Amazon’s Alexa-controlled Echo speaker is a wireless speaker. But it’s capable of much more. Using nothing but the sound of your voice, you can search the Web, create to-do and shopping lists, shop online, get instant weather reports, and control popular smart-home products—all while your phone stays in your pocket.
Alexa (named after the ancient library of Alexandria) is Amazon’s voice control system. It lets you speak your wishes and see them fulfilled—at least simple ones, like dimming your lights or playing music tracks. It turns the Echo, Dot, and Tap streaming audio players into de facto smart-home hubs and Internet assistants. And it’s what turned Echo into not just one of this year’s biggest tech products, but possibly the biggest news so far for those interested in smart-home control.
Thanks to the Echo’s far-field microphones, Alexa can respond to voice commands from almost anywhere within earshot. And there’s no activation button to press. Simply say the trigger word (either “Alexa,” “Echo,” “Amazon,” or “Computer.”) followed by what you want to happen, and it will be done—as long as you’ve set up everything properly and are using the correct command (it’s still very much a work in progress and you should set your expectations accordingly). Once you get used to the quirks, using Alexa feels much more natural and responsive than speaking to a phone-based voice assistant like Apple’s Siri. As a result, you’ll likely find yourself using your phone less frequently when you’re at home. There are some privacy concerns regarding the fact that Alexa is always listening, and there’s still a lot it can’t do, both of which we address extensively in this guide. Ultimately, we think there’s already enough to make the Echo a compelling product today, especially if you’re into smart-home stuff. But you also won’t regret waiting for the next version (or even the one after that).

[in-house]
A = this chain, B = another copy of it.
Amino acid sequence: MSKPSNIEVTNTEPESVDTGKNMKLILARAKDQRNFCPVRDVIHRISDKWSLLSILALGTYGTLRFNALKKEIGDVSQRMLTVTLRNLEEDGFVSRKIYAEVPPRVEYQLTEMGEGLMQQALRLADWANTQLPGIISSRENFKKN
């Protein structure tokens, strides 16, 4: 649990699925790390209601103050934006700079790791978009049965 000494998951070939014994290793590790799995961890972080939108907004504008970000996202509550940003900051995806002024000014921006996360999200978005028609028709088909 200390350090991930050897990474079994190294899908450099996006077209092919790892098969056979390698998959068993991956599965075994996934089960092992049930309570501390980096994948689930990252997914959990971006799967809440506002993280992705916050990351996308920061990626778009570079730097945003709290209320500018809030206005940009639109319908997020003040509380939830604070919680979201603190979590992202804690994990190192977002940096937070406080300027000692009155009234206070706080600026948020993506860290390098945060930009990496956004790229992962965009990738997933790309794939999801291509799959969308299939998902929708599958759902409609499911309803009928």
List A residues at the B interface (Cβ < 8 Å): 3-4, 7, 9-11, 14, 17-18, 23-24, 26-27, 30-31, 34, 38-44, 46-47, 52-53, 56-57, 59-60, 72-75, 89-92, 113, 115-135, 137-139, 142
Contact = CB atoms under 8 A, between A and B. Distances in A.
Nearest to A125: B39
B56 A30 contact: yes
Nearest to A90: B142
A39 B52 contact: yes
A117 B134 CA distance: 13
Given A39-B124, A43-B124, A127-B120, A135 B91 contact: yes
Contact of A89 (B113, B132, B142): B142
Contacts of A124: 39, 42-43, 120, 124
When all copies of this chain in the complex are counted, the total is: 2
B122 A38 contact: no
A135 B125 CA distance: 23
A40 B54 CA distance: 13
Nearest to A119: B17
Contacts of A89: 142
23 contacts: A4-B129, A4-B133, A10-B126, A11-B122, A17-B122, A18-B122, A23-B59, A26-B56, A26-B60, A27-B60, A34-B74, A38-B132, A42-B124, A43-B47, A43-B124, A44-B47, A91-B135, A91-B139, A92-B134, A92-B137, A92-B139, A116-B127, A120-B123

Make Alexa smarter: https://developer.amazon.com/alexa
Alexa, the voice service that powers Amazon Echo, provides capabilities, or skills, that enable customers to interact with devices in a more intuitive way using voice. Examples of skills include the ability to play music, answer general questions, set an alarm or timer, and more.
The Alexa Skills Kit is a collection of self-service APIs, tools, documentation and code samples that make it fast and easy for you to add skills to Alexa. You can also use the Smart Home Skill API, a new addition to the Alexa Skills Kit, to easily teach Alexa how to control your cloud-controlled lighting and thermostat devices. All of the code runs in the cloud and nothing is on any user device. You can also connect products with Alexa Voice Services.